Where Function Carries Form: Activewear Shapes and Textiles

By Rebekah Lazear

Activewear is designed with skin in mind. The fabrics often act as a second skin - a breathable barrier both freeing and protective. It isn’t enough to have perfect function, the public nature of exercise requires clothing of desirable form. Going to the gym, running outside, practicing yoga in the park, #fitstagram posts and running errands in between means athletic clothing needs to look as stylish and self-expressive as streetwear. Each activity requires its own silhouette depending on the body movement required. Some textiles are better suited than others based on the activity. These fabrics are wovens and knits with plenty of stretch that allow garments to move with you. Technical performance properties may include moisture-wicking, heat control through cooling or insulation, water resistance and protective barriers. The specifications vary based on the movement requirements of the body.

Textile Rundown

  • Spandex (synthetic)

    • Known for: Stretch, resilience and tight fit

    • Features: Offers freedom of movement, moisture wicking, antibacterial properties, reduces chafing

    • Drawback: If not washed properly,it  loses shape

  • Polyester (synthetic)

    • Versatility: Printing methods like sublimation printing make it easy to apply any color or pattern to the fabric. Wicking properties can be applied

    • Features: Durability, insulated even when wet, dries quickly, holds shape, wrinkle resistant, repels UV rays

  • Polypropylene (synthetic)

    • Features: Like polyester, but water resistant

    • Best use: Great base layer to keep you dry as moisture is pushed to surface to evaporate

  • Nylon (synthetic) is a more durable synthetic polyester

    • Features: Shares many of the same properties as polyester, but does not hold color as well. Mildew resistant

    • Drawbacks: Harder to print on/dye, holds odor

  • Bamboo (cellulose)

    • Features: Natural wicking and absorbing properties, repels odors, can keep you warm in winter/cool in summer, feels soft like cotton, but performs better.

    • Sustainability note: While bamboo is a more renewable resource than cotton, the process of turning this plant into fabric can still be highly polluting

  • Hemp (natural)

    • Features: Natural UV protection, durability, and holds shape because the fiber itself stretches out less than any other natural fiber

  • Cotton (natural)

    • Features: Soft, light

    • Drawback: Holds too much moisture, but works well for light activities if blended with other fabrics, or treated to be wicking

  • Tencel(tm) (cellulose)

    • Features: Wood-based, sustainably sourced, durable, breathable, lightweight, soft while great for compression support

    • Source: Made from eucalyptus pulp

  • Gore-Tex (synthetic)

    • What: Coating applied to fabrics

    • Features: Breathable, durable, waterproof and windproof. No water or wind gets in, but sweat moisture can escape

  • Wool (natural)

    • Features: Breathable, keeps warm and is durable. Does not hold odor

    • Drawbacks: Very heavy when wet and takes a long time to dry

  • X-Static (synthetifc)

    • What: Silver is bonded to fibers. Fibers remain soft and flexible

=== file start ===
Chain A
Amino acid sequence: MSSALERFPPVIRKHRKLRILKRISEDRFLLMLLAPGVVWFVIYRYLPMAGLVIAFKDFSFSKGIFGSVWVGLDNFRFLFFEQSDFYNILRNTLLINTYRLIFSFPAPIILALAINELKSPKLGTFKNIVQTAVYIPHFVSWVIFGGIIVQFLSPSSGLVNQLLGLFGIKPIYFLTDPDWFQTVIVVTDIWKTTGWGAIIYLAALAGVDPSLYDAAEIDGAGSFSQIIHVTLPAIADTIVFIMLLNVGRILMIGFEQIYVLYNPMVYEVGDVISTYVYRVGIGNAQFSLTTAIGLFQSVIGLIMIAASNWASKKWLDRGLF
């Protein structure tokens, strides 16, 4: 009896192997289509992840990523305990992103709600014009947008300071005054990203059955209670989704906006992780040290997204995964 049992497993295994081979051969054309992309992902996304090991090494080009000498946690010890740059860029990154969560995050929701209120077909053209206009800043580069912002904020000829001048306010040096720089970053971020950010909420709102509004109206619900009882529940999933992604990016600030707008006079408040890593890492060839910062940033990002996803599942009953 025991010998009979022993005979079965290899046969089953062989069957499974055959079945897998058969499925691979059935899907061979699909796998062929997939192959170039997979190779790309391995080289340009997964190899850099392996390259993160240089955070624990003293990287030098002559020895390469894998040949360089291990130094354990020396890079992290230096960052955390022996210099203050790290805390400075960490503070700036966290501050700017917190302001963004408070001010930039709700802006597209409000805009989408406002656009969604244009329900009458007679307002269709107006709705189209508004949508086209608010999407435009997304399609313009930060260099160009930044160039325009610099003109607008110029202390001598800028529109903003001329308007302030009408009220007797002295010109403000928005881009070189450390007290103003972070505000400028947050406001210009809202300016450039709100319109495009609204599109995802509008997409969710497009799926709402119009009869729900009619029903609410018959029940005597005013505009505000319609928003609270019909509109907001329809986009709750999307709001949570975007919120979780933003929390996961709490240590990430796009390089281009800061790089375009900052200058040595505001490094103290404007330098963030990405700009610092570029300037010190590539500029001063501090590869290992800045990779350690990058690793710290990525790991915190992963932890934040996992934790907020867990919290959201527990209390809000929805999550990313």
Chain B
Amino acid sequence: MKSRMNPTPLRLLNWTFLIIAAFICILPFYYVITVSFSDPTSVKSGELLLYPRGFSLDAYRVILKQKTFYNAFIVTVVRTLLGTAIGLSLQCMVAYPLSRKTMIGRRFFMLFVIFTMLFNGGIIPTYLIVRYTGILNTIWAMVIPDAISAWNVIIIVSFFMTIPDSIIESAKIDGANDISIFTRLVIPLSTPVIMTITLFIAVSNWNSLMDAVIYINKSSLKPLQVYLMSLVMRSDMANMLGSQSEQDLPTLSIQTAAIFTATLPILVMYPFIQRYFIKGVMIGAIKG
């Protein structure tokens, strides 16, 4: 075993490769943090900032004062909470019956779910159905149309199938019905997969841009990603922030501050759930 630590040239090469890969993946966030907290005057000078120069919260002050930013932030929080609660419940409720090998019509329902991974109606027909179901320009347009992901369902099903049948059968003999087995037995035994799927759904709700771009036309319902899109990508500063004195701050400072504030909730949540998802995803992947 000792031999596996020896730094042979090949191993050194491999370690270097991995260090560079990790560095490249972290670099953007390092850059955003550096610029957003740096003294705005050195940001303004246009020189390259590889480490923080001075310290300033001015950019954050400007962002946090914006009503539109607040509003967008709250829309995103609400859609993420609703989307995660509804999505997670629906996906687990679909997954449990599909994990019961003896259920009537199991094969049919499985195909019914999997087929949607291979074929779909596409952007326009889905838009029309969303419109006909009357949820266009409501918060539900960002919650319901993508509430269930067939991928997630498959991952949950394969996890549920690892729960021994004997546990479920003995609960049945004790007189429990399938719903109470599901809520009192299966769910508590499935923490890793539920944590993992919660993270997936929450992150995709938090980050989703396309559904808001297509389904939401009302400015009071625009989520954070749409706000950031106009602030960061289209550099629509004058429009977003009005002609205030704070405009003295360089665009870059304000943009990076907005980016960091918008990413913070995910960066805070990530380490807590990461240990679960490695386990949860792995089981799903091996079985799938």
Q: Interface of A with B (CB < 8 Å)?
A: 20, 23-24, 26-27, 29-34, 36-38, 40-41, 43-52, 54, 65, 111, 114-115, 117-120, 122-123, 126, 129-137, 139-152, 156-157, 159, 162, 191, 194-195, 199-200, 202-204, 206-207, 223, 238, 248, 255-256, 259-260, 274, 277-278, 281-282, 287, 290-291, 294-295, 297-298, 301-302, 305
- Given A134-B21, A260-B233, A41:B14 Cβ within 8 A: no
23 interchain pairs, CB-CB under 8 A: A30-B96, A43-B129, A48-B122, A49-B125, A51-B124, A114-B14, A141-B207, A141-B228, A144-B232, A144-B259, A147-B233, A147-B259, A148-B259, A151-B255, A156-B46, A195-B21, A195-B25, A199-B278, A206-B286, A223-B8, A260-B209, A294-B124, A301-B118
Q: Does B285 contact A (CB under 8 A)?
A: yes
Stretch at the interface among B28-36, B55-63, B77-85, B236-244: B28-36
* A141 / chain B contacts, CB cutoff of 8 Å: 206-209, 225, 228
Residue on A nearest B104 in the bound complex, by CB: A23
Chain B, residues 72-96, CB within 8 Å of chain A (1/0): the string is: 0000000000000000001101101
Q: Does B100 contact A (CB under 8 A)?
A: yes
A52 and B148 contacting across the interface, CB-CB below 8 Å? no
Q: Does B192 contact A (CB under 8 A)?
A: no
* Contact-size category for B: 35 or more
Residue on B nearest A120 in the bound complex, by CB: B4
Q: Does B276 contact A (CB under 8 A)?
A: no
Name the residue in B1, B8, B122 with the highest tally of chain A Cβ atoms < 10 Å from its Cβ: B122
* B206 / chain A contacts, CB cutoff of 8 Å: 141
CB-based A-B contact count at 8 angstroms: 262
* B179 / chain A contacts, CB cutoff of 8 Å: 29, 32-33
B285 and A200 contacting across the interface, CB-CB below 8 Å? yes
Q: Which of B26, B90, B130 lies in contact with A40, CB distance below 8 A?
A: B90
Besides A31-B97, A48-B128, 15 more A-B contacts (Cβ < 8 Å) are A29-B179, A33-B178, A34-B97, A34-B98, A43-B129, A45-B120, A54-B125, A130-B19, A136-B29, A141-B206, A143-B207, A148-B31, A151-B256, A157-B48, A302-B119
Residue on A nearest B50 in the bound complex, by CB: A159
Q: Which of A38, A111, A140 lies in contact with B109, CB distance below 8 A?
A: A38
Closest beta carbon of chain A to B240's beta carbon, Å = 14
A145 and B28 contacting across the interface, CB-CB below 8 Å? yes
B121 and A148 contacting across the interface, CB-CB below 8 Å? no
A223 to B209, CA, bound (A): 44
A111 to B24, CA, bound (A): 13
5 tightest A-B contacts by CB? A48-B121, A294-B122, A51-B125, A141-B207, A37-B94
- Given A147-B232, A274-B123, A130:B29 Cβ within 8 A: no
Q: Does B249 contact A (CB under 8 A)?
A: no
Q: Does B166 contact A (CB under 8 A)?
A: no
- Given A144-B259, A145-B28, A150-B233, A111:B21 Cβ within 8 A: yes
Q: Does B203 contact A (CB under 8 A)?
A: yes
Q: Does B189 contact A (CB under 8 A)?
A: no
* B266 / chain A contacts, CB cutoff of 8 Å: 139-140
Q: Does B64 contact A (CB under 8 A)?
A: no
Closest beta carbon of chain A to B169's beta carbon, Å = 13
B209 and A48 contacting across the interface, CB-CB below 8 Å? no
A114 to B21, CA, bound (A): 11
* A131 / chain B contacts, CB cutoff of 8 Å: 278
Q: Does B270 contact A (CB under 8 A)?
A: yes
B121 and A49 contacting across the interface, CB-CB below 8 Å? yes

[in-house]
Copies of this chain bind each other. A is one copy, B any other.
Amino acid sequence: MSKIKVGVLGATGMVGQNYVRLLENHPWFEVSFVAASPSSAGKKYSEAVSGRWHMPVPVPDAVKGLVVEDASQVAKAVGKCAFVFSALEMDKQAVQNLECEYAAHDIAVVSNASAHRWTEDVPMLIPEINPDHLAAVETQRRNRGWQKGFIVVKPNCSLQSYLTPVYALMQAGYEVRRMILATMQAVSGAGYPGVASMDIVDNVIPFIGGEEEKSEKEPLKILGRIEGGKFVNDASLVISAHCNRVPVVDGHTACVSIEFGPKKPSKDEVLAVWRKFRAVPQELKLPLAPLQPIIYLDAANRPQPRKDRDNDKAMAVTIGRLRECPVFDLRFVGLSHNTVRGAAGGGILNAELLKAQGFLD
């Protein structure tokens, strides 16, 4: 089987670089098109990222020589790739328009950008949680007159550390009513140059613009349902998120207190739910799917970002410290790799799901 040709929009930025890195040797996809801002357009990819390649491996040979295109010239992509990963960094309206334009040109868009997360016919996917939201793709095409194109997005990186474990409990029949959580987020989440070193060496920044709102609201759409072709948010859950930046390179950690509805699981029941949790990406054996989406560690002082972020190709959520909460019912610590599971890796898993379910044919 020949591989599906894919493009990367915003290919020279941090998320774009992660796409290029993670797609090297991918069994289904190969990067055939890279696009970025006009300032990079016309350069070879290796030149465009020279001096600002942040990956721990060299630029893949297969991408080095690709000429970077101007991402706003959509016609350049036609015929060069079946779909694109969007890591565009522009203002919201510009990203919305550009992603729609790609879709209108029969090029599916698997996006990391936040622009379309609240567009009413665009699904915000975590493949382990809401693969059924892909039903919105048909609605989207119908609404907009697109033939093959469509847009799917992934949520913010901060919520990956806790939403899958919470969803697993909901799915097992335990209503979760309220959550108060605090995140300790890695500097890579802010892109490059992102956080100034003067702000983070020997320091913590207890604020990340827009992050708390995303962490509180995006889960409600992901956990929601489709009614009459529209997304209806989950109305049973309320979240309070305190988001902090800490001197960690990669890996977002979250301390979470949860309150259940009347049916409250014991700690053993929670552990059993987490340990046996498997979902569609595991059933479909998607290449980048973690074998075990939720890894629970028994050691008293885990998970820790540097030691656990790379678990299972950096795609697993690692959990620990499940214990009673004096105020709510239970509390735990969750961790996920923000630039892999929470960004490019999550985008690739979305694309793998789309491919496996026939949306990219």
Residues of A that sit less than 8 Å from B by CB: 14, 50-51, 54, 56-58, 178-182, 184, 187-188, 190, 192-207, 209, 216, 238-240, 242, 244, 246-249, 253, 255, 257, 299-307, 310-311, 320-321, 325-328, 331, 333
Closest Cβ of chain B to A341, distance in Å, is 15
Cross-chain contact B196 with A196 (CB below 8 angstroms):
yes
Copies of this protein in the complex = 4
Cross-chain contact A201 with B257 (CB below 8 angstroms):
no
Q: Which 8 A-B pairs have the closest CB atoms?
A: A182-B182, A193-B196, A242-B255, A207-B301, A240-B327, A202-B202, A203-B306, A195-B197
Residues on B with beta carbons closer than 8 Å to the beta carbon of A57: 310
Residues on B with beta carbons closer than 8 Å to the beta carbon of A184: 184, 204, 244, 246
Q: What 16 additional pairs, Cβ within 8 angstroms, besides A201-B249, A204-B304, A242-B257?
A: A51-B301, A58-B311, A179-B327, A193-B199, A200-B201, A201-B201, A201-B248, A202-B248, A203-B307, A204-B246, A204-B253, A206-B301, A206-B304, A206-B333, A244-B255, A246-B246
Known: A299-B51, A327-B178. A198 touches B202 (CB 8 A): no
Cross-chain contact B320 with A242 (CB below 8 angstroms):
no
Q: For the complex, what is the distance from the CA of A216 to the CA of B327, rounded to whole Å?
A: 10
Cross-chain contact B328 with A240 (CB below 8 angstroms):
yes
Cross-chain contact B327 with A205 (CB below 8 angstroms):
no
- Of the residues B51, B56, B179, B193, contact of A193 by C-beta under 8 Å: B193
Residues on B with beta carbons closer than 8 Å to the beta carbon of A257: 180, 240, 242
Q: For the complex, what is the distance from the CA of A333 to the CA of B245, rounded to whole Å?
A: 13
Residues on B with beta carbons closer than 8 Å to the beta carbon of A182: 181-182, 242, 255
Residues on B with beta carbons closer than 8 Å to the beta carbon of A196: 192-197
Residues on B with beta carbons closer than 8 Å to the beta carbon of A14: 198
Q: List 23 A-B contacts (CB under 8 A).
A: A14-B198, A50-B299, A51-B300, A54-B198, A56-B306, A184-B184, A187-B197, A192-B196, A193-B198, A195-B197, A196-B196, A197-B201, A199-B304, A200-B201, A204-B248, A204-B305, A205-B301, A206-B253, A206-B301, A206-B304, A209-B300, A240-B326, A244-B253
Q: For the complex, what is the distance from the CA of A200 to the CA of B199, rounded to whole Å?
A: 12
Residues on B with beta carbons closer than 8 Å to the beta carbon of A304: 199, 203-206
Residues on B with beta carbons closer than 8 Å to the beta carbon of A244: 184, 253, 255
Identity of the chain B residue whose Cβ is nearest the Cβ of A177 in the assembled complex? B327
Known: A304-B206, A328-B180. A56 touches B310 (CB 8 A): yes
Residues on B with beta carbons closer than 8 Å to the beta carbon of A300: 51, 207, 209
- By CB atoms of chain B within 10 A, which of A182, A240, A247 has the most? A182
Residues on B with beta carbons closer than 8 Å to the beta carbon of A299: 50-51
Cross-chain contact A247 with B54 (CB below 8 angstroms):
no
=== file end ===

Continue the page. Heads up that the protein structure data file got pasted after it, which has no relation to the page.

• Features: Antimicrobial, prevents fungus and bacteria growth

Activity-Based Performance Needs

  • Basketball

    • Movements: Running, jumping and broad arm movement

    • Requirements: Loose fit away from the body

    • Textiles need to be airy like nylon. Dazzle knits, a spandex-free knit fabric with small ribs and shiny face, coupled with athletic mesh are widely used.

  • Martial arts

    • Requirements: Close fitting garments that allow full range of powerful motion.  Fighters need to protect their most vulnerable areas without excess fabric inhibiting their movements.

    • Muy Thai shorts, for example, fit tight to the waist while loose around the thighs to allow for kicks and fighters dropping low to the ground. These shorts are usually satin and nylon, but sometimes made of cotton.

    • Karate emphasizes movements with a limited range of motion allowing for a closer fit robe. Judo’s speed and mobility needs a lighter weight fabric that is also strong enough to stand up to the throws and grappling practiced.

    • Textiles: The cotton used in these garments are usually ribbed or brush to enable movement. The seams require reinforced stitching to withstand the force of the movements.

  • Yoga

    • Requirements: Clothes are both a second skin and a flowing pocket of air through which breathing flows. Pants are usually tighter with some flow in the tops.

    • Textiles: Common fabrics include polyester, nylon and spandex

  • Baseball uniforms

    • Requirements: Frequent use and rugged slides into bases requires a durable, easily washable fabric

    • Textiles: Polyester is widely used, often double knit for durability

  • Diving and swimming

    • Requirements: Fabrics that are waterproof and breathable.

    • Textiles: Swimwear fabrics have 4-way stretch, a light weight, and absorb very little water. Commonly made of polyurethane (Elastane, Lycra or Spandex), nylon, polyester, or other synthetic blends.

    • Features: Swim textiles conform to fit the body and dry quickly.

  • Dance clothing

    • Requirements: Need to work for a variety of movements. Most pieces need to be highly breathable and fit close to the body, much like swimwear.

    • Textiles: Pieces are commonly made of polyester, nylon or spandex.



Amanda Harth